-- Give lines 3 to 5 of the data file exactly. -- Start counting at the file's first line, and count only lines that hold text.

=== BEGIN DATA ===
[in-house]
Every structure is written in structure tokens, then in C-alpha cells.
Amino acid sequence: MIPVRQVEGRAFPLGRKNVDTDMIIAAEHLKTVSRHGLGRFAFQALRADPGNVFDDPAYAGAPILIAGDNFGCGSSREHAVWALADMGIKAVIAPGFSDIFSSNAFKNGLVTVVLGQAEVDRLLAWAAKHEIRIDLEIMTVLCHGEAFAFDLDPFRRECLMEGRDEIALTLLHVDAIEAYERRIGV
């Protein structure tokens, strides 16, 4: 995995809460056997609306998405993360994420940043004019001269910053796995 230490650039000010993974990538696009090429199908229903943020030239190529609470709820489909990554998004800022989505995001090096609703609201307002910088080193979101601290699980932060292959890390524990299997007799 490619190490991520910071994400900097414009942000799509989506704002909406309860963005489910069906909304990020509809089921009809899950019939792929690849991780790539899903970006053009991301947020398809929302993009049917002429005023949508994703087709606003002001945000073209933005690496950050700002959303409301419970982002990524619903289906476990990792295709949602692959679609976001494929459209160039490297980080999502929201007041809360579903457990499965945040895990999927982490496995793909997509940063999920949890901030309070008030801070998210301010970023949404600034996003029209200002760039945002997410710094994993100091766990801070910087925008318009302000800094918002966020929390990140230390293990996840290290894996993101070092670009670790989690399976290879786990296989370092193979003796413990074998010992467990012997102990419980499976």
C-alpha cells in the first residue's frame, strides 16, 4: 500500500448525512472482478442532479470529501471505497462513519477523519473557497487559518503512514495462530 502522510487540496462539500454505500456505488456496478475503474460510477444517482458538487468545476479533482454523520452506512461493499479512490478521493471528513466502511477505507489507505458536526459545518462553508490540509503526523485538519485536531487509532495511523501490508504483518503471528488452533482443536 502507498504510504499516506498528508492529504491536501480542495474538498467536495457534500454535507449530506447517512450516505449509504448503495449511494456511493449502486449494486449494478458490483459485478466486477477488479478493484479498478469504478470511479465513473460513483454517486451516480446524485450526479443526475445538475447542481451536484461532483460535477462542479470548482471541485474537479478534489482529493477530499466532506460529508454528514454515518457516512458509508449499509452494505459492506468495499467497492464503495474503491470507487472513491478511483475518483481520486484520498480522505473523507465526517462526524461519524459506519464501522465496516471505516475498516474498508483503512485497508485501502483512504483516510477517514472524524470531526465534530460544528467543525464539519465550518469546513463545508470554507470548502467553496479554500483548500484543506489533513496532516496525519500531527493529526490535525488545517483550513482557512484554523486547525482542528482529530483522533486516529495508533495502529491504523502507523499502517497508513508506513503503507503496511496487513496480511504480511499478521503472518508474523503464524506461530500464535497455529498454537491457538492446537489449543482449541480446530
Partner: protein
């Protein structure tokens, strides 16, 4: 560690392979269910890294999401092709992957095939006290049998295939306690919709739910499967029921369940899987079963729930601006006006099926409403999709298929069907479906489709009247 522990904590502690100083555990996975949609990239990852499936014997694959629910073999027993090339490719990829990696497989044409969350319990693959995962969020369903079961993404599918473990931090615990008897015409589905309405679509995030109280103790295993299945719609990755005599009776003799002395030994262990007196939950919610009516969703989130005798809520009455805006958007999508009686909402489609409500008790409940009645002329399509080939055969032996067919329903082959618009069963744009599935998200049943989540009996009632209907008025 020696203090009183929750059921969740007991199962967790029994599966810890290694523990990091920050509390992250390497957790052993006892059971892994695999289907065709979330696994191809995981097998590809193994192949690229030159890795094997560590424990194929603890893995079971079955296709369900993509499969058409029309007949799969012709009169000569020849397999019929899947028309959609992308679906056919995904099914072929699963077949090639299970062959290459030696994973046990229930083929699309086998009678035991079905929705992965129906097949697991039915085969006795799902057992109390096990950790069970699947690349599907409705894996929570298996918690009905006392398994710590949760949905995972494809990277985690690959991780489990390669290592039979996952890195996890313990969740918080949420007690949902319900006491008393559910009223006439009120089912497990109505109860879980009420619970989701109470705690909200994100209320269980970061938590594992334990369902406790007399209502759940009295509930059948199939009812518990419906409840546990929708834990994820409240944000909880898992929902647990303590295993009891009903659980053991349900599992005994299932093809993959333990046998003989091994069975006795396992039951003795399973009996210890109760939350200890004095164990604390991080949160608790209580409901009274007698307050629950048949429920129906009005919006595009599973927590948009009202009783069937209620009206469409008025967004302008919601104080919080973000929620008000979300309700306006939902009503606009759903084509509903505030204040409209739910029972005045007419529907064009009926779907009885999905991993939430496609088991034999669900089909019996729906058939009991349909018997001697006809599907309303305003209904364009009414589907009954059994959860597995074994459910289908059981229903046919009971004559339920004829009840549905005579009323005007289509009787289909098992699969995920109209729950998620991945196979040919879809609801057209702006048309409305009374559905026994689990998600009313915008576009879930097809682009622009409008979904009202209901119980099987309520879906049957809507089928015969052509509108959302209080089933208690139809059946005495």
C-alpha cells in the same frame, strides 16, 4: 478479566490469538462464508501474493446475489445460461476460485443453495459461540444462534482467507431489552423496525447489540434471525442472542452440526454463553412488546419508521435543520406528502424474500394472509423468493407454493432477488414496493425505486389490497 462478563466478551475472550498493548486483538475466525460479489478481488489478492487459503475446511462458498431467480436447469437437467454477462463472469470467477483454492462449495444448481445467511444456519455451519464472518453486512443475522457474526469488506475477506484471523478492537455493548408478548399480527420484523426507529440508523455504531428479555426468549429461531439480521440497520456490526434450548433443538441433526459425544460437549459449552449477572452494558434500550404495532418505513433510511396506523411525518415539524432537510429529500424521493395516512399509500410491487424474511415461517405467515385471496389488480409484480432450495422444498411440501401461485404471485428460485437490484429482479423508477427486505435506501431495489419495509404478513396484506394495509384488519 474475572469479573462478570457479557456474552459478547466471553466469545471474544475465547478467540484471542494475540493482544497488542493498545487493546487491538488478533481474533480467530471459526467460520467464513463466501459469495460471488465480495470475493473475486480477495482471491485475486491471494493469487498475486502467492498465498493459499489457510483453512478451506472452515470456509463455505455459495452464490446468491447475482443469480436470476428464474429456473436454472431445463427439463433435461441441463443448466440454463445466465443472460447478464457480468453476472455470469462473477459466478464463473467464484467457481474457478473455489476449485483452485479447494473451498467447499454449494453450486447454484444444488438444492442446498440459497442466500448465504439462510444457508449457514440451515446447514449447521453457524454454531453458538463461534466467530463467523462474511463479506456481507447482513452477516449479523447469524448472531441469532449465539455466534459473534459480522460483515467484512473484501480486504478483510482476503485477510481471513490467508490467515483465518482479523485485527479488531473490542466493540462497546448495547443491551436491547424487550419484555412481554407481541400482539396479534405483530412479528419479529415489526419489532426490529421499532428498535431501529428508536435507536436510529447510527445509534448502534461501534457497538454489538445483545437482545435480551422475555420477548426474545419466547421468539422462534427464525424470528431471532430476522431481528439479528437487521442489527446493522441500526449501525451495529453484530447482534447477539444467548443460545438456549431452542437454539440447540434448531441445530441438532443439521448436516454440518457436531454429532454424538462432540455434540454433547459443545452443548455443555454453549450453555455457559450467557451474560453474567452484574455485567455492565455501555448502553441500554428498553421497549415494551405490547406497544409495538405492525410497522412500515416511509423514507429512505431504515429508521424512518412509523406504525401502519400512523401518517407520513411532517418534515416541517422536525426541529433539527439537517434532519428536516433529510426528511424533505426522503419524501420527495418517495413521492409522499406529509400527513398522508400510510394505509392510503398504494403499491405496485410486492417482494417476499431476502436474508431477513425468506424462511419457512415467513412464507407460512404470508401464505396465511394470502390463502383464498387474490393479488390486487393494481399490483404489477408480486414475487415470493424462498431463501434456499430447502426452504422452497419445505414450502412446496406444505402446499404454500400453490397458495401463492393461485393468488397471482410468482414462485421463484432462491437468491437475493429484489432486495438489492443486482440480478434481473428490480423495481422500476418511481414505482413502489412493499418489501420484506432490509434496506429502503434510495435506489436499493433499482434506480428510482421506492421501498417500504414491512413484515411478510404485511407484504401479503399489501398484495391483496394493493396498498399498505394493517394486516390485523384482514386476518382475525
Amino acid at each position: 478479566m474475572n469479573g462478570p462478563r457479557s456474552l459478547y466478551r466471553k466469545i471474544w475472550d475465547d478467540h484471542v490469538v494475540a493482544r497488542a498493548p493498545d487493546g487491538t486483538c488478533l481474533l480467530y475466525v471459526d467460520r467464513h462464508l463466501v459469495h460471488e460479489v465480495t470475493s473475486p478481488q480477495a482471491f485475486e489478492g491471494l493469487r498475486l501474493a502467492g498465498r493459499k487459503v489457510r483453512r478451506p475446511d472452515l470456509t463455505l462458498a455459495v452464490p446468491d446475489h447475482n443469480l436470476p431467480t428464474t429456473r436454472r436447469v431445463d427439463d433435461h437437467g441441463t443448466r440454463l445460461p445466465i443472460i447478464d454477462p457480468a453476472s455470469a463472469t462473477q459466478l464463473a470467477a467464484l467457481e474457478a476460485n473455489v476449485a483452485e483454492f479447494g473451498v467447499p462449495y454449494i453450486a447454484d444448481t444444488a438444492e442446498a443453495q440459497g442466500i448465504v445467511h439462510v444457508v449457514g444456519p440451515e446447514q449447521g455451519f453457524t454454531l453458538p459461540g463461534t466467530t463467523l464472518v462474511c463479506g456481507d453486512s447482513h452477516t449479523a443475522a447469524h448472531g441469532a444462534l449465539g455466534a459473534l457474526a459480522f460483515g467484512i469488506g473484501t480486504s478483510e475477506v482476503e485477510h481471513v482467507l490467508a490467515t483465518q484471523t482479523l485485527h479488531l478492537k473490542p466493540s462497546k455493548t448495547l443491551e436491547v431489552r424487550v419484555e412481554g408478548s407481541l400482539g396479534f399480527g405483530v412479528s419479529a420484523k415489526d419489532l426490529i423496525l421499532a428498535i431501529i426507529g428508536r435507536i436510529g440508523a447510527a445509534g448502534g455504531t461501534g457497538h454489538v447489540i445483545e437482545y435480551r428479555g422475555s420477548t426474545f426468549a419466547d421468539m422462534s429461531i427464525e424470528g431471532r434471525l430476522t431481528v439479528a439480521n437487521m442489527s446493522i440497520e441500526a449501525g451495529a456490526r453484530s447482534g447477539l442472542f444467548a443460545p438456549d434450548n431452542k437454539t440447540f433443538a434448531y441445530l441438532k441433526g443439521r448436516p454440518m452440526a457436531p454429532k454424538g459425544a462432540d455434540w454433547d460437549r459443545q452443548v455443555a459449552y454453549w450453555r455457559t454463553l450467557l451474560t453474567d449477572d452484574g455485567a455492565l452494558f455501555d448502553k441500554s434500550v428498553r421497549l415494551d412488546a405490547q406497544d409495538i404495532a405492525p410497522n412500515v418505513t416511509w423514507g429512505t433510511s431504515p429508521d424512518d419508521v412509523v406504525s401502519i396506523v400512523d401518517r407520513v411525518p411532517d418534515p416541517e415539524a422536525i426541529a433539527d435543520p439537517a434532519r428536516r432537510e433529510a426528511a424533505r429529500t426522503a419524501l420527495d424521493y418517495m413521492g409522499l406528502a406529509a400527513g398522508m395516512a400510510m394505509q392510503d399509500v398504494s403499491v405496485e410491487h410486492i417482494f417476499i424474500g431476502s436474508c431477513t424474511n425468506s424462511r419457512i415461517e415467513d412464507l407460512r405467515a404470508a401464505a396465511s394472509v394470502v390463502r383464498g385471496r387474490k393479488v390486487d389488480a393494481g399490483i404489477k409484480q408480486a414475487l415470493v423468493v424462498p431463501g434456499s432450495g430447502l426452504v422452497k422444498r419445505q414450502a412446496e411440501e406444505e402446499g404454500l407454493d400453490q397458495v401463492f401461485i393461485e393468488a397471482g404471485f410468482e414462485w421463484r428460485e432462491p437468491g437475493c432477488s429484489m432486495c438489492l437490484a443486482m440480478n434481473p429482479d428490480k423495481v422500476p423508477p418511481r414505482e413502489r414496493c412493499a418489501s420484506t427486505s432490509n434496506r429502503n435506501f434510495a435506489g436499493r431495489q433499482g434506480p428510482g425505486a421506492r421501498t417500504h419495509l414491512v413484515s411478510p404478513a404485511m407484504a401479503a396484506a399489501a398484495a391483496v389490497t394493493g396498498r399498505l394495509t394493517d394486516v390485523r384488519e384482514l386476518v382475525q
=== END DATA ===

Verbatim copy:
Amino acid sequence: MIPVRQVEGRAFPLGRKNVDTDMIIAAEHLKTVSRHGLGRFAFQALRADPGNVFDDPAYAGAPILIAGDNFGCGSSREHAVWALADMGIKAVIAPGFSDIFSSNAFKNGLVTVVLGQAEVDRLLAWAAKHEIRIDLEIMTVLCHGEAFAFDLDPFRRECLMEGRDEIALTLLHVDAIEAYERRIGV
């Protein structure tokens, strides 16, 4: 995995809460056997609306998405993360994420940043004019001269910053796995 230490650039000010993974990538696009090429199908229903943020030239190529609470709820489909990554998004800022989505995001090096609703609201307002910088080193979101601290699980932060292959890390524990299997007799 490619190490991520910071994400900097414009942000799509989506704002909406309860963005489910069906909304990020509809089921009809899950019939792929690849991780790539899903970006053009991301947020398809929302993009049917002429005023949508994703087709606003002001945000073209933005690496950050700002959303409301419970982002990524619903289906476990990792295709949602692959679609976001494929459209160039490297980080999502929201007041809360579903457990499965945040895990999927982490496995793909997509940063999920949890901030309070008030801070998210301010970023949404600034996003029209200002760039945002997410710094994993100091766990801070910087925008318009302000800094918002966020929390990140230390293990996840290290894996993101070092670009670790989690399976290879786990296989370092193979003796413990074998010992467990012997102990419980499976």
C-alpha cells in the first residue's frame, strides 16, 4: 500500500448525512472482478442532479470529501471505497462513519477523519473557497487559518503512514495462530 502522510487540496462539500454505500456505488456496478475503474460510477444517482458538487468545476479533482454523520452506512461493499479512490478521493471528513466502511477505507489507505458536526459545518462553508490540509503526523485538519485536531487509532495511523501490508504483518503471528488452533482443536 502507498504510504499516506498528508492529504491536501480542495474538498467536495457534500454535507449530506447517512450516505449509504448503495449511494456511493449502486449494486449494478458490483459485478466486477477488479478493484479498478469504478470511479465513473460513483454517486451516480446524485450526479443526475445538475447542481451536484461532483460535477462542479470548482471541485474537479478534489482529493477530499466532506460529508454528514454515518457516512458509508449499509452494505459492506468495499467497492464503495474503491470507487472513491478511483475518483481520486484520498480522505473523507465526517462526524461519524459506519464501522465496516471505516475498516474498508483503512485497508485501502483512504483516510477517514472524524470531526465534530460544528467543525464539519465550518469546513463545508470554507470548502467553496479554500483548500484543506489533513496532516496525519500531527493529526490535525488545517483550513482557512484554523486547525482542528482529530483522533486516529495508533495502529491504523502507523499502517497508513508506513503503507503496511496487513496480511504480511499478521503472518508474523503464524506461530500464535497455529498454537491457538492446537489449543482449541480446530